Mission: Scientifically literate students possess the knowledge and understanding of scientific concepts and processes required for personal decision making, participation in civic and cultural affairs, and economic productivity.NJ DOE's 2009 Standards Revision Project
The state board of education believes that "a quality science education fosters a population that applies scientific knowledge, and skills to increase economic productivity." (The sentence is not grammatically stable--the comma is theirs, not mine. Committees love commas. )
At least it says as much in the Vision Statement for our proposed state curriculum standards.
I can understand the
Houston, we have a problem.
Let me toss out two premises for discussion:
1) Our economy is not a knowledge-based economy.
So long as we are mammals, our economy remains tied to the land. Getting filthy rich might require knowledge-based data-mining skills, but the overall economy still depends on Earth's blessings.
Food. Water. Fiber. Fuel.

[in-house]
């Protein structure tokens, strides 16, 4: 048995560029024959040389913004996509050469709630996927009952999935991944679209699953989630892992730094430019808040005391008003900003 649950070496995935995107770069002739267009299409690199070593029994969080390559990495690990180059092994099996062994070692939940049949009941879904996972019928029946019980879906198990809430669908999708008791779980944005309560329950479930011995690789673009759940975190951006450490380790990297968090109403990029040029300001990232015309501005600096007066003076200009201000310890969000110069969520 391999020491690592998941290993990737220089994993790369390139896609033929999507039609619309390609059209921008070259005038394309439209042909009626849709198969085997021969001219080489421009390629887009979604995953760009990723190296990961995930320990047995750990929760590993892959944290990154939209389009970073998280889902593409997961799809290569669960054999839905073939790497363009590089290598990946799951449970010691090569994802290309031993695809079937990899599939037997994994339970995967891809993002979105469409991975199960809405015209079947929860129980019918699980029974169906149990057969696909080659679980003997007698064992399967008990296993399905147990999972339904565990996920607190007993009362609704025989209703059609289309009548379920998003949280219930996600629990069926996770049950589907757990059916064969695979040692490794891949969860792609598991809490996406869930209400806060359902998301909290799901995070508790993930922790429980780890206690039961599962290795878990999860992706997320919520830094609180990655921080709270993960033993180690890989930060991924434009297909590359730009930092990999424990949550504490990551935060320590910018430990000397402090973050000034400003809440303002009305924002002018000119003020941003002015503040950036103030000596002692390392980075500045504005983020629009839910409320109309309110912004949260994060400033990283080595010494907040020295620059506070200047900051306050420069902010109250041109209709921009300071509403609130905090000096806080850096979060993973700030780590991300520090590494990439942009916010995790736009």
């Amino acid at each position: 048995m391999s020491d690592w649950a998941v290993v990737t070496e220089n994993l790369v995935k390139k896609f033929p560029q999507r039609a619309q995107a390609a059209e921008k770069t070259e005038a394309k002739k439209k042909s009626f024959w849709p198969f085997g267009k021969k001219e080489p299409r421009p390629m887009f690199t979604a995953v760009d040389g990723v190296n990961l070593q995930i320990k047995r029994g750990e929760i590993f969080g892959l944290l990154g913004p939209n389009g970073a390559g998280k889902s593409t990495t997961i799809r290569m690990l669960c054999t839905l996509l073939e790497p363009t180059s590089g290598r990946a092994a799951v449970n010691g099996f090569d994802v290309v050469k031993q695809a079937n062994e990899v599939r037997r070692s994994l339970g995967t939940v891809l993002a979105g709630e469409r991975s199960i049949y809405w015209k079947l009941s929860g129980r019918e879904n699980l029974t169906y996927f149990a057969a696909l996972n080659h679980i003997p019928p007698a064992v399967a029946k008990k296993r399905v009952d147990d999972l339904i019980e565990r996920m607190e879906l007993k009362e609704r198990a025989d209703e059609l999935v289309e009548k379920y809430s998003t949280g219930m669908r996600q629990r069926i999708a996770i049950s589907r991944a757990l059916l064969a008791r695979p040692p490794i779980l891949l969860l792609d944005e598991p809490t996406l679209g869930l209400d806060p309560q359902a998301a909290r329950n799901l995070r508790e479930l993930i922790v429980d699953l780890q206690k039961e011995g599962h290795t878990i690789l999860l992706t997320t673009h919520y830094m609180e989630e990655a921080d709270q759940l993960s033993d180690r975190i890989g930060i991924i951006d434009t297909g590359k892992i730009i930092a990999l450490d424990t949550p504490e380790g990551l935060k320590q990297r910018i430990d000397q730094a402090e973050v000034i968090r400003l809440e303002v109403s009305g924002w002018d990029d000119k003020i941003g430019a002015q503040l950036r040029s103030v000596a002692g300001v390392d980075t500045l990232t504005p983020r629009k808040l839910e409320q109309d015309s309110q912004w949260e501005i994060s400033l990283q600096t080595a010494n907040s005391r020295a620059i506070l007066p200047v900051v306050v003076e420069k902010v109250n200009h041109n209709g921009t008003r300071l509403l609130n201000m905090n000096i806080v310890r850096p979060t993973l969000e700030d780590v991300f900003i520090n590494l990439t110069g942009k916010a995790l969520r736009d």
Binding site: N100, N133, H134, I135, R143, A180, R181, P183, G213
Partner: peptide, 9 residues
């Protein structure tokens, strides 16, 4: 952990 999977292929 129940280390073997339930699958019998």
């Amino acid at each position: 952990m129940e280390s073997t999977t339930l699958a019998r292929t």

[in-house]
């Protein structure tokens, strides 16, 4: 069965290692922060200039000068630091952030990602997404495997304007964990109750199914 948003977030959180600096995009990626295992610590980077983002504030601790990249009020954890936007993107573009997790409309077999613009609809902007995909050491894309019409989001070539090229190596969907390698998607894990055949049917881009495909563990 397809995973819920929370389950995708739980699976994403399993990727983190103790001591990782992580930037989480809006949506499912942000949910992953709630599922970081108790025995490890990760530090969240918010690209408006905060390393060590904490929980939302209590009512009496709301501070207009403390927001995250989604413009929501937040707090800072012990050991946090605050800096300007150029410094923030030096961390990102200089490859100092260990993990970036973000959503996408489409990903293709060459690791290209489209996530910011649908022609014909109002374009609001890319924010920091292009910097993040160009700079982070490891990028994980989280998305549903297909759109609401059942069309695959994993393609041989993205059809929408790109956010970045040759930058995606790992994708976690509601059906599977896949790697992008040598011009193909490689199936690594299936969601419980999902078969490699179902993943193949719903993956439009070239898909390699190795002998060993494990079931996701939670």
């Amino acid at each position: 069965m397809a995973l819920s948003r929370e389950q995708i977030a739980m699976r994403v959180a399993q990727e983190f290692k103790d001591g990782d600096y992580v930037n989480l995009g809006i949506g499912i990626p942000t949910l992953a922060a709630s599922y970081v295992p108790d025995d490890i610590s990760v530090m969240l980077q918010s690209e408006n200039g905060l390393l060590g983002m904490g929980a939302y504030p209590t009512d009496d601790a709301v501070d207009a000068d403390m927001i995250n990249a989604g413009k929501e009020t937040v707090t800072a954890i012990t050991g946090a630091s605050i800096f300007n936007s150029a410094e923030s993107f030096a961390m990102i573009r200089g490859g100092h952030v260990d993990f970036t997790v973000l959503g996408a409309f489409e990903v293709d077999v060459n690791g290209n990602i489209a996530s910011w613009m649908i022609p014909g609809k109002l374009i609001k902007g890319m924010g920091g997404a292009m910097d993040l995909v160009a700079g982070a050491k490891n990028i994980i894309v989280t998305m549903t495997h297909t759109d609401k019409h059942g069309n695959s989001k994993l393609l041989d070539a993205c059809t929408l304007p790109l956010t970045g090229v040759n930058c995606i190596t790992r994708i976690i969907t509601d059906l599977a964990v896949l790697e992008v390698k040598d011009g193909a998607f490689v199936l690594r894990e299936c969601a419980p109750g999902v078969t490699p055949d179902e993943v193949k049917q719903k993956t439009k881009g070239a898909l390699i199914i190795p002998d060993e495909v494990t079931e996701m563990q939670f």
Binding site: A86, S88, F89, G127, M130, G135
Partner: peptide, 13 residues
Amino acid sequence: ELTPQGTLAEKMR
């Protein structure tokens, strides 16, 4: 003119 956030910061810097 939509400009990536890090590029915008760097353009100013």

Wheat, rice, corn, pork bellies, cotton, hemp, wool, alpacas, coal, sunlight, oil, wind.
I'd be the first to concede that growing wheat, raising sheep, digging a well, and harnessing wind all involve intricate knowledge, but I doubt that's what is meant by a "knowledge-based economy." A look at the particulars of the curriculum confirm this.
2) A "growing economy" based on exponential extraction of natural resources cannot last.
The United States agriculture depends on extraction--we put as many calories into farming as we get out of it. Our food is cheap because oil is still cheap. It is also finite.
Capitalism as currently practiced (Adam Smith wouldn't recognize it) depends on economic growth; economic growth depends on increasingly efficient methods of exploiting limited resources.
Exponential growth is unsustainable. Humans, like any other critter borrowing water and oxygen from this land, have a finite carrying capacity.
Acknowledging these premises does not make me a Marxist, but might mark me as a science teacher. It puts a dent in my ability to foist the state's agenda on my kids.
If nothing else, could someone in Trenton be kind enough to fix the grammar?